I have configured my keyboard layout by adding a call to setxkbmap to my .xinitrc. This works for my laptop's internal keyboard and for any external keyboard that is plugged in when the X server starts. If I plug in an external keyboard later, it uses the default US keymap.

How can I make sure that any keyboard that I plug in has my preferred layout?


As Gilles commented on Dominik R's answer yesterday, the udev approach only works for the root user and doesn't work well as a general, unprivileged solution. I'd suggest considering inputplug(1) by Andrew Shadura available in Debian as the package inputplug as well as at the project site.

inputplug(1) is a rather straightforward as a XINPUT event loop listener which will invoke a script with decoded event parameters as arguments. Since you're using .xinitrc, I imagine you're using a modest window manager / environment and a background listener of this sort should be pretty straightforward for you.

Another possibility is using udev in a less traditional way by writing a script parsing the output from "udevadm monitor" and invoking setxkbmap upon recognizing a matching device being connnected.

Good Luck!

  • 1
    I am using a modest input manager but I am a beginner at that so some example calls to inputplug would be much appreciated.
    – Thriveth
    Sep 26 '19 at 7:42
  • 1
    Added a complete example as an answer below. Jul 9 at 20:53

inputplug, suggested by etherfish five years ago, is an excellent answer, but the answer was missing a complete example. So here is what I use in my .xinitrc to run setxkbmap exactly once in the beginning, and another time every time a new keyboard is plugged in:

{ echo "XIDeviceEnabled XISlaveKeyboard"; inputplug -d -c /bin/echo; } |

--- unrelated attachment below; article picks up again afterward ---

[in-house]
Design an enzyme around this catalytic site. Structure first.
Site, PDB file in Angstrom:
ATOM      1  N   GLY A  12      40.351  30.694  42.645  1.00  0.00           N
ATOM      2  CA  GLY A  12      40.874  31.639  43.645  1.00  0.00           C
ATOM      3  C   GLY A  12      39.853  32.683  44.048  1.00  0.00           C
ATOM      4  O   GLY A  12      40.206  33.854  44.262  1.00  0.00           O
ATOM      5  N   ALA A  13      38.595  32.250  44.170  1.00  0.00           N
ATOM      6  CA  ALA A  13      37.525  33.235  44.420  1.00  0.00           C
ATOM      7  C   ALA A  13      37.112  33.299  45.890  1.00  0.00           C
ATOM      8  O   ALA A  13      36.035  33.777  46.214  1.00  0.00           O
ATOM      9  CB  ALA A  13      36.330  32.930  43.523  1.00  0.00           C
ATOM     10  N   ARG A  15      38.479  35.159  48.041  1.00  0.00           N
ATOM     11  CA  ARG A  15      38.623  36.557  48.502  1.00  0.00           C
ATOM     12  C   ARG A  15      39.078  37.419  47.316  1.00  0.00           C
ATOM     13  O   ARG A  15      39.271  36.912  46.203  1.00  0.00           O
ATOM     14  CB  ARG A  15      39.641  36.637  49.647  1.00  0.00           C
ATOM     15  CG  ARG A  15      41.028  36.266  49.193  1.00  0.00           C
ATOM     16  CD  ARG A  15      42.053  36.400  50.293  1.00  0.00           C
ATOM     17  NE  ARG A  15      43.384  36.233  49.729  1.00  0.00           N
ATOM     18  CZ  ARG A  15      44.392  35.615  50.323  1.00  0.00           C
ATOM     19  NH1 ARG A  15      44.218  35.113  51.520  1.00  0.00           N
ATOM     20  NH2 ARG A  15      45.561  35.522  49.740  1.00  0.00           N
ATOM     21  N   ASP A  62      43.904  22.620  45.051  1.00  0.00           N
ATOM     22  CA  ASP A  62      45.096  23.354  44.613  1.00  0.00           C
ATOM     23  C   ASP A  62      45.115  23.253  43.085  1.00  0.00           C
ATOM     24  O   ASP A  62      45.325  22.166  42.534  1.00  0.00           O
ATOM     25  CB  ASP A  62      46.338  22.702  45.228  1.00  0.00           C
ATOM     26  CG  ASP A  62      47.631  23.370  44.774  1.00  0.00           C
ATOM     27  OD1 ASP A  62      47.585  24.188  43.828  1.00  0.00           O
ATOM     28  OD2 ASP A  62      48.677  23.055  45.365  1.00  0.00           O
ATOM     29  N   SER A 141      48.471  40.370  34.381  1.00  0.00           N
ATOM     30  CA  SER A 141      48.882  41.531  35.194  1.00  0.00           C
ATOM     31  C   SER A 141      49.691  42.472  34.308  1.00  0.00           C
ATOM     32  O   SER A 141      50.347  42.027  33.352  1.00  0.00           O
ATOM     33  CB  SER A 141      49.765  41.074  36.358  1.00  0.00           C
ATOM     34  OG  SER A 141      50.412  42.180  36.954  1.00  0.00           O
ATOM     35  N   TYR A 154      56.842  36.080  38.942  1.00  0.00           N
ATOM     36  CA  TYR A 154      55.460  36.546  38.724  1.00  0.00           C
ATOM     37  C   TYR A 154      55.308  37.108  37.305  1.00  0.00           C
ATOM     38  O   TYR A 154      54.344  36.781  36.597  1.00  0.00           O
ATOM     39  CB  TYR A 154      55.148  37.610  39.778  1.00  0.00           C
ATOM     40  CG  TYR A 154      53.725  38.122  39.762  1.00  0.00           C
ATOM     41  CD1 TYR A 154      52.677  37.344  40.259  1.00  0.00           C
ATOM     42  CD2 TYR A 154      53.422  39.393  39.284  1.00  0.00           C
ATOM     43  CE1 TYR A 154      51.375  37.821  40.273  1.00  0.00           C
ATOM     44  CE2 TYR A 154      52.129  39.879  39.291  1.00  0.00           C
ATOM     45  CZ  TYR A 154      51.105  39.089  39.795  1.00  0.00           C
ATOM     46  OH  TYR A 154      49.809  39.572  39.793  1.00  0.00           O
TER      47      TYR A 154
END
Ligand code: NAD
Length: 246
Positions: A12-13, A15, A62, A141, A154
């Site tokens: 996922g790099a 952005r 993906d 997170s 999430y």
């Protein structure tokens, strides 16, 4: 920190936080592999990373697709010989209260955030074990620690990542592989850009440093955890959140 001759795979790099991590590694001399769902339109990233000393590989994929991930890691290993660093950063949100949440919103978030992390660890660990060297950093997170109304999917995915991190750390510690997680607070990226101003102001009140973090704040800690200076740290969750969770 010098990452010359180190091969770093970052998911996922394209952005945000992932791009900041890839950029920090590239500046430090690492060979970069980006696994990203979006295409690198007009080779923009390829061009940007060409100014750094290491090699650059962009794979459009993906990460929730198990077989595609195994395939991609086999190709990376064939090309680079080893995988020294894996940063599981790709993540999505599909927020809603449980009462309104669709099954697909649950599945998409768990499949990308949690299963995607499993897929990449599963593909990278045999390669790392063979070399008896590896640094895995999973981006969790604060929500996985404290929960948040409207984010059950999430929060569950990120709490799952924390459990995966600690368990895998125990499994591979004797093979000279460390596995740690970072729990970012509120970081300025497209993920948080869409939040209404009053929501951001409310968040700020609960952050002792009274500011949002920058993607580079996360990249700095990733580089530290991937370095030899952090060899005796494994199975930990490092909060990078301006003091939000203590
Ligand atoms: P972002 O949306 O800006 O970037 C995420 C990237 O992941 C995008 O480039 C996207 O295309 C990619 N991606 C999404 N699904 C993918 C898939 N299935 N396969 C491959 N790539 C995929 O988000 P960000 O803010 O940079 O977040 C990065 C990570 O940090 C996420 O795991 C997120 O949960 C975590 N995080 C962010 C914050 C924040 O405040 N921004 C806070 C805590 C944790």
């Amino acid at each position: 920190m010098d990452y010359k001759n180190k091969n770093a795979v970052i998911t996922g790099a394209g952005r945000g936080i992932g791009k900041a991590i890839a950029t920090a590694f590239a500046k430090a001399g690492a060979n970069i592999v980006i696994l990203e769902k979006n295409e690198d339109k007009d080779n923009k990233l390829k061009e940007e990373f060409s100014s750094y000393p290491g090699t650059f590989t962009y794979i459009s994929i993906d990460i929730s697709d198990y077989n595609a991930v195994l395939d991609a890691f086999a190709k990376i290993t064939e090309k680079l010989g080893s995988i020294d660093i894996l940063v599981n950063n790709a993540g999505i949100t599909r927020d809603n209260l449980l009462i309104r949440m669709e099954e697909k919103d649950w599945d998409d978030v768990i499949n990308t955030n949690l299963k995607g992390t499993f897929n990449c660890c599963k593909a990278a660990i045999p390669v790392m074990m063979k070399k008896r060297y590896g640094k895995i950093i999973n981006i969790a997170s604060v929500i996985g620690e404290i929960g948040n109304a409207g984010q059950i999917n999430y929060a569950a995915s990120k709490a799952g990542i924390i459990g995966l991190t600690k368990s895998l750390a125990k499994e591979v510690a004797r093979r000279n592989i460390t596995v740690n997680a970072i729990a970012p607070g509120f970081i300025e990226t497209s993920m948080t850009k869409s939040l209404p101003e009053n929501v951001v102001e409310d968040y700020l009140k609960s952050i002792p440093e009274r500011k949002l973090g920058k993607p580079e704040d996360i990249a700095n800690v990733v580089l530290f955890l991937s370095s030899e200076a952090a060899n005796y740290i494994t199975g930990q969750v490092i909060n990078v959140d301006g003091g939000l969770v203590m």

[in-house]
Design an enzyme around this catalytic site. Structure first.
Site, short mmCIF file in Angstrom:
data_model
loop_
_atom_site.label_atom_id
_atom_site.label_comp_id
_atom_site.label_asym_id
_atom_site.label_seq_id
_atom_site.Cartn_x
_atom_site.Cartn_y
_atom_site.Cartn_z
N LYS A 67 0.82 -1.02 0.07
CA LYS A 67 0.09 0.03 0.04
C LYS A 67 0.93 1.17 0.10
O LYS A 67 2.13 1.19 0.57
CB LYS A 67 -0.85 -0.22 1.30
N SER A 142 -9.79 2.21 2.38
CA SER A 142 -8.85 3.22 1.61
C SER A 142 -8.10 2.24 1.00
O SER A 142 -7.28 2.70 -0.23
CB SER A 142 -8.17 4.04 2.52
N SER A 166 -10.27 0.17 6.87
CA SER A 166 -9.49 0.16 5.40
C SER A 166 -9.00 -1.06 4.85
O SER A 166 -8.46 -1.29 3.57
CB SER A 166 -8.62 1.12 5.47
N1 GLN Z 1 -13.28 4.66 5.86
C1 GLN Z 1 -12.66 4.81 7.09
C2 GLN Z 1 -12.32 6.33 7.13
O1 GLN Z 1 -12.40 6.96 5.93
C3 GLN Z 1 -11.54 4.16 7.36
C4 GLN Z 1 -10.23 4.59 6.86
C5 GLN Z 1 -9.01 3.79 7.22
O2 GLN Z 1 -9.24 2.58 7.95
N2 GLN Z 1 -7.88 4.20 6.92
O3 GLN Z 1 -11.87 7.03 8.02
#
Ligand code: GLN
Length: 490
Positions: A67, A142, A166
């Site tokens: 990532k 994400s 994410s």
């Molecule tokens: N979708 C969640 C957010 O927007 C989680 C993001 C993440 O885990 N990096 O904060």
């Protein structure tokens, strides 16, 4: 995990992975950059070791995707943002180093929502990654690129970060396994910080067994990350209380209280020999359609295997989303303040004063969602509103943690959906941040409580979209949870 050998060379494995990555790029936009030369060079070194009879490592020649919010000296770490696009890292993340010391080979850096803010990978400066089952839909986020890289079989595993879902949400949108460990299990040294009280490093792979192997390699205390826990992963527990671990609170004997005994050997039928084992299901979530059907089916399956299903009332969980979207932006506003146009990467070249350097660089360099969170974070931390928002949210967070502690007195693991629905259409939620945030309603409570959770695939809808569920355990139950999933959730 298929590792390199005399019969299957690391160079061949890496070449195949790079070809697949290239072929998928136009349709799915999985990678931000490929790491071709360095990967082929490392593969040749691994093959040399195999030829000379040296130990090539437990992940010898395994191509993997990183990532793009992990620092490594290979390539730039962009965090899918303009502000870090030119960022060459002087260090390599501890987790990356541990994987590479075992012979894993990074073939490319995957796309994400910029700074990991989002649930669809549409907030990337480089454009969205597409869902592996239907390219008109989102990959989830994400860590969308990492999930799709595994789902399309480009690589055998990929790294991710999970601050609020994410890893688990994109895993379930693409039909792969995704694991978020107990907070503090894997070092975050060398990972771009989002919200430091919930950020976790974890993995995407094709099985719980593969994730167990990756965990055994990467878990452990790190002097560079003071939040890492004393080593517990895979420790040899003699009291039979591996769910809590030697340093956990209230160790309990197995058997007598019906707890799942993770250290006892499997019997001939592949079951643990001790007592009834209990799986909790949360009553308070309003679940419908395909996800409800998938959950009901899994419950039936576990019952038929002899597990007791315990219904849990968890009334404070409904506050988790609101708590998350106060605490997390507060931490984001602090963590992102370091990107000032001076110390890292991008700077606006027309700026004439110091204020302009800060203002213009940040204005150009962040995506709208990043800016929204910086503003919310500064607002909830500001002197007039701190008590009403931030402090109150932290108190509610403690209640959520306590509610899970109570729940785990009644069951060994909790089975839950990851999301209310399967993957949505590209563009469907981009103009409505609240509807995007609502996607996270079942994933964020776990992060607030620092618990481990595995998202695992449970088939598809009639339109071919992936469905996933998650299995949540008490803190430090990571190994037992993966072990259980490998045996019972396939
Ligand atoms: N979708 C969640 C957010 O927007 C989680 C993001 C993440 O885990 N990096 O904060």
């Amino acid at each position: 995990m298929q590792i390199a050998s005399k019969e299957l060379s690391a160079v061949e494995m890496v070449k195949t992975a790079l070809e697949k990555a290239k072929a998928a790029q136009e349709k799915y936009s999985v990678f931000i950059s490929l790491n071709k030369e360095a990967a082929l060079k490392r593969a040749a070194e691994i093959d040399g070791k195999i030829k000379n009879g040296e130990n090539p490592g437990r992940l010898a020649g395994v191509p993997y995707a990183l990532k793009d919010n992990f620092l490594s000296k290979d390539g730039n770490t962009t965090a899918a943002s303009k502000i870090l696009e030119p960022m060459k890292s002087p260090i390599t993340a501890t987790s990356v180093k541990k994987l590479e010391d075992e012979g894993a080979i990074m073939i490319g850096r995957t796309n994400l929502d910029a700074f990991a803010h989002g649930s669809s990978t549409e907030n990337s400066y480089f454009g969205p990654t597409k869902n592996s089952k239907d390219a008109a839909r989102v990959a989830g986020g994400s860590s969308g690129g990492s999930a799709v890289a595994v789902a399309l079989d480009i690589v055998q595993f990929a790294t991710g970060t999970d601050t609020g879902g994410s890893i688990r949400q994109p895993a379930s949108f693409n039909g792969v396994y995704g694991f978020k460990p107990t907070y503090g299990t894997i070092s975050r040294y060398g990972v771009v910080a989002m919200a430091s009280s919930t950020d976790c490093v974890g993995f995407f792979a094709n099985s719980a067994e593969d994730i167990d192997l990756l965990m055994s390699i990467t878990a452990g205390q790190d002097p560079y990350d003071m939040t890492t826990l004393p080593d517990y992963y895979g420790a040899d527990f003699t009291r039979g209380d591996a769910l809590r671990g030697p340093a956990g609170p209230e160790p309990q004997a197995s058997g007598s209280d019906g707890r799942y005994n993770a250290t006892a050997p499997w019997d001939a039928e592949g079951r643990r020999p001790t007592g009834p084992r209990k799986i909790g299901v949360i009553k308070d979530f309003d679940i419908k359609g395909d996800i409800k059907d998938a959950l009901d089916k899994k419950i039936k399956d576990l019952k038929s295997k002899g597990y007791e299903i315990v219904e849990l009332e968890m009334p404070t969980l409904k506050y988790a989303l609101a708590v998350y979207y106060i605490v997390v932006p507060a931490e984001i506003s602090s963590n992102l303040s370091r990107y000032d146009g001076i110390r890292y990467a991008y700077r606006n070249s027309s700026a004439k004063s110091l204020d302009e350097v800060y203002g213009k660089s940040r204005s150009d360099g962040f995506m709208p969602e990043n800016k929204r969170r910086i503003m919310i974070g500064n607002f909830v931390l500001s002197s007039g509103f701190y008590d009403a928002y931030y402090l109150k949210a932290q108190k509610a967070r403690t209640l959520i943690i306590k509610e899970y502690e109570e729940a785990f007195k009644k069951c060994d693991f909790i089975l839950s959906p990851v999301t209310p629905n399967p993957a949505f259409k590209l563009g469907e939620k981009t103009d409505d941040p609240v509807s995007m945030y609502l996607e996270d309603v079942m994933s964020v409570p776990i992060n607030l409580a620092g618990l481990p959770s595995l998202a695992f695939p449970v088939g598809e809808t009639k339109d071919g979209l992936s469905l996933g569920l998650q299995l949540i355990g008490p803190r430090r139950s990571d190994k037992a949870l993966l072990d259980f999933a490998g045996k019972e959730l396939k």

while read event
        case $event in
                setxkbmap -option grp:switch,grp:shift_toggle,grp_led:scroll us,il ,lyx
                setxkbmap -option caps:none
done &

The inputplug -d -c /bin/echo echos a message like

XIDeviceEnabled 11 XISlaveKeyboard Logitech K270

every time a keyboard is plugged in, and the while loop finds such messages and causes the relevant setxkbmap commands to run (in my example, I set a Hebrew keyboard mapping, and remove the Caps Lock feature which I hate). The extra echo "XIDeviceEnabled XISlaveKeyboard" in the beginning causes the loop to also find a "new keyboard" exactly once in the beginning. inputplug also has a "-0" option to print existing keyboards on startup, but this will usually print multiple keyboards and cause the setxkbmap to be needlessly run multiple times on startup.

  • 1
    Thank you for adding extra detail and an example!
    – etherfish
    Jul 9 at 22:53
  • 1
    Author here. You can also directly call your script with -c, this is actually how it’s intended to be used — just put the case/esac into a separate script and run inputplug as a dæmon.
    – andrewsh
    Jul 21 at 14:05
  • Yes, indeed it's also possible to pass a separate handler script to inputplug. However, since anyway I need to write code to run inputplug - in my .xinitrc - I wanted all the related code to be in one place, and not have to create a separate handler script somewhere else. Jul 22 at 21:39

Your Answer

By clicking “Post Your Answer”, you agree to our terms of service, privacy policy and cookie policy

Not the answer you're looking for? Browse other questions tagged or ask your own question.